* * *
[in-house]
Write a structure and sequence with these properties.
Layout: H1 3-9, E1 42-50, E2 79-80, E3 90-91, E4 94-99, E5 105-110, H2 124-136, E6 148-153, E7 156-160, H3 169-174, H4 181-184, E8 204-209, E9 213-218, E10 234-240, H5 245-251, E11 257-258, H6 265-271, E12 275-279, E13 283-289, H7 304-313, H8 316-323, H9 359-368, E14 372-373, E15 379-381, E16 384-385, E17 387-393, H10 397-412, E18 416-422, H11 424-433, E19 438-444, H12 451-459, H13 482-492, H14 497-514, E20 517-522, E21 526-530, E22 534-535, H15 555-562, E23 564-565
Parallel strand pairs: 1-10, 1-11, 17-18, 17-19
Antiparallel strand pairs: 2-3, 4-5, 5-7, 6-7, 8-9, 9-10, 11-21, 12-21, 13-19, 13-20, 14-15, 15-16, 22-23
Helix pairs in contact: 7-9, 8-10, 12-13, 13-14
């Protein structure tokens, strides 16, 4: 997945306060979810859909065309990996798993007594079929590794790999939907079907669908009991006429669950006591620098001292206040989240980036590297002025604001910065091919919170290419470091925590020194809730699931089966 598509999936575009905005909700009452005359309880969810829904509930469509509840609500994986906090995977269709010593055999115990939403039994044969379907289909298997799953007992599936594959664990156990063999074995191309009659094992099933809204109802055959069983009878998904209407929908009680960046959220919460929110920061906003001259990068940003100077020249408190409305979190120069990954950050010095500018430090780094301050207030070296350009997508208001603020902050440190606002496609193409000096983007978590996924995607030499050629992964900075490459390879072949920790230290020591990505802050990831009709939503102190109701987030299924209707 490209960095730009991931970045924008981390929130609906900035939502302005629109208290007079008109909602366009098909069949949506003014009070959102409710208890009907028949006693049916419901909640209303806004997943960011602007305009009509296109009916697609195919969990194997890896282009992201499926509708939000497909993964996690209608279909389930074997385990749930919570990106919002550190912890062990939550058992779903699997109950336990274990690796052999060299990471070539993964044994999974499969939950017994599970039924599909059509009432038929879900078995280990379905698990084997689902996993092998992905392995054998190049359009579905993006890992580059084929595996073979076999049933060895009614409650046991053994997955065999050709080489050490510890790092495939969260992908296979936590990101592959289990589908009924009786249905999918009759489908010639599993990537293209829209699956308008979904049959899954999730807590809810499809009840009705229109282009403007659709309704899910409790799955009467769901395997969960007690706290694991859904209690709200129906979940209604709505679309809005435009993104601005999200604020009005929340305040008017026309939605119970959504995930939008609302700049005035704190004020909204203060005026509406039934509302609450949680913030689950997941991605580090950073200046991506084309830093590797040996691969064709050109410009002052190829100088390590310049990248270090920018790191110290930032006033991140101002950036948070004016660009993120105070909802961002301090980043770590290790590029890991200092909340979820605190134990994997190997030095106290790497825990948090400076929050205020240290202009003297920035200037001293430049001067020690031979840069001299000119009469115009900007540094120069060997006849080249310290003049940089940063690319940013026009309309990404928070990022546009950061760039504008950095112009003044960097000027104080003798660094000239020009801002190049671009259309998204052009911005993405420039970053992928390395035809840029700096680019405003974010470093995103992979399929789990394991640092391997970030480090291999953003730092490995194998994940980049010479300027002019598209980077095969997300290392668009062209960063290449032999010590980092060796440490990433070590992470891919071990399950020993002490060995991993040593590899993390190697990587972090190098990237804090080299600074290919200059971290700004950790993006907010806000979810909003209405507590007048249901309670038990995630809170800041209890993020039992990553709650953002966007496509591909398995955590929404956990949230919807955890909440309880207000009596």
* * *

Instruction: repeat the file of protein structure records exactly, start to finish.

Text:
[in-house]
Write a structure and sequence with these properties.
Layout: H1 3-9, E1 42-50, E2 79-80, E3 90-91, E4 94-99, E5 105-110, H2 124-136, E6 148-153, E7 156-160, H3 169-174, H4 181-184, E8 204-209, E9 213-218, E10 234-240, H5 245-251, E11 257-258, H6 265-271, E12 275-279, E13 283-289, H7 304-313, H8 316-323, H9 359-368, E14 372-373, E15 379-381, E16 384-385, E17 387-393, H10 397-412, E18 416-422, H11 424-433, E19 438-444, H12 451-459, H13 482-492, H14 497-514, E20 517-522, E21 526-530, E22 534-535, H15 555-562, E23 564-565
Parallel strand pairs: 1-10, 1-11, 17-18, 17-19
Antiparallel strand pairs: 2-3, 4-5, 5-7, 6-7, 8-9, 9-10, 11-21, 12-21, 13-19, 13-20, 14-15, 15-16, 22-23
Helix pairs in contact: 7-9, 8-10, 12-13, 13-14
């Protein structure tokens, strides 16, 4: 997945306060979810859909065309990996798993007594079929590794790999939907079907669908009991006429669950006591620098001292206040989240980036590297002025604001910065091919919170290419470091925590020194809730699931089966 598509999936575009905005909700009452005359309880969810829904509930469509509840609500994986906090995977269709010593055999115990939403039994044969379907289909298997799953007992599936594959664990156990063999074995191309009659094992099933809204109802055959069983009878998904209407929908009680960046959220919460929110920061906003001259990068940003100077020249408190409305979190120069990954950050010095500018430090780094301050207030070296350009997508208001603020902050440190606002496609193409000096983007978590996924995607030499050629992964900075490459390879072949920790230290020591990505802050990831009709939503102190109701987030299924209707 490209960095730009991931970045924008981390929130609906900035939502302005629109208290007079008109909602366009098909069949949506003014009070959102409710208890009907028949006693049916419901909640209303806004997943960011602007305009009509296109009916697609195919969990194997890896282009992201499926509708939000497909993964996690209608279909389930074997385990749930919570990106919002550190912890062990939550058992779903699997109950336990274990690796052999060299990471070539993964044994999974499969939950017994599970039924599909059509009432038929879900078995280990379905698990084997689902996993092998992905392995054998190049359009579905993006890992580059084929595996073979076999049933060895009614409650046991053994997955065999050709080489050490510890790092495939969260992908296979936590990101592959289990589908009924009786249905999918009759489908010639599993990537293209829209699956308008979904049959899954999730807590809810499809009840009705229109282009403007659709309704899910409790799955009467769901395997969960007690706290694991859904209690709200129906979940209604709505679309809005435009993104601005999200604020009005929340305040008017026309939605119970959504995930939008609302700049005035704190004020909204203060005026509406039934509302609450949680913030689950997941991605580090950073200046991506084309830093590797040996691969064709050109410009002052190829100088390590310049990248270090920018790191110290930032006033991140101002950036948070004016660009993120105070909802961002301090980043770590290790590029890991200092909340979820605190134990994997190997030095106290790497825990948090400076929050205020240290202009003297920035200037001293430049001067020690031979840069001299000119009469115009900007540094120069060997006849080249310290003049940089940063690319940013026009309309990404928070990022546009950061760039504008950095112009003044960097000027104080003798660094000239020009801002190049671009259309998204052009911005993405420039970053992928390395035809840029700096680019405003974010470093995103992979399929789990394991640092391997970030480090291999953003730092490995194998994940980049010479300027002019598209980077095969997300290392668009062209960063290449032999010590980092060796440490990433070590992470891919071990399950020993002490060995991993040593590899993390190697990587972090190098990237804090080299600074290919200059971290700004950790993006907010806000979810909003209405507590007048249901309670038990995630809170800041209890993020039992990553709650953002966007496509591909398995955590929404956990949230919807955890909440309880207000009596």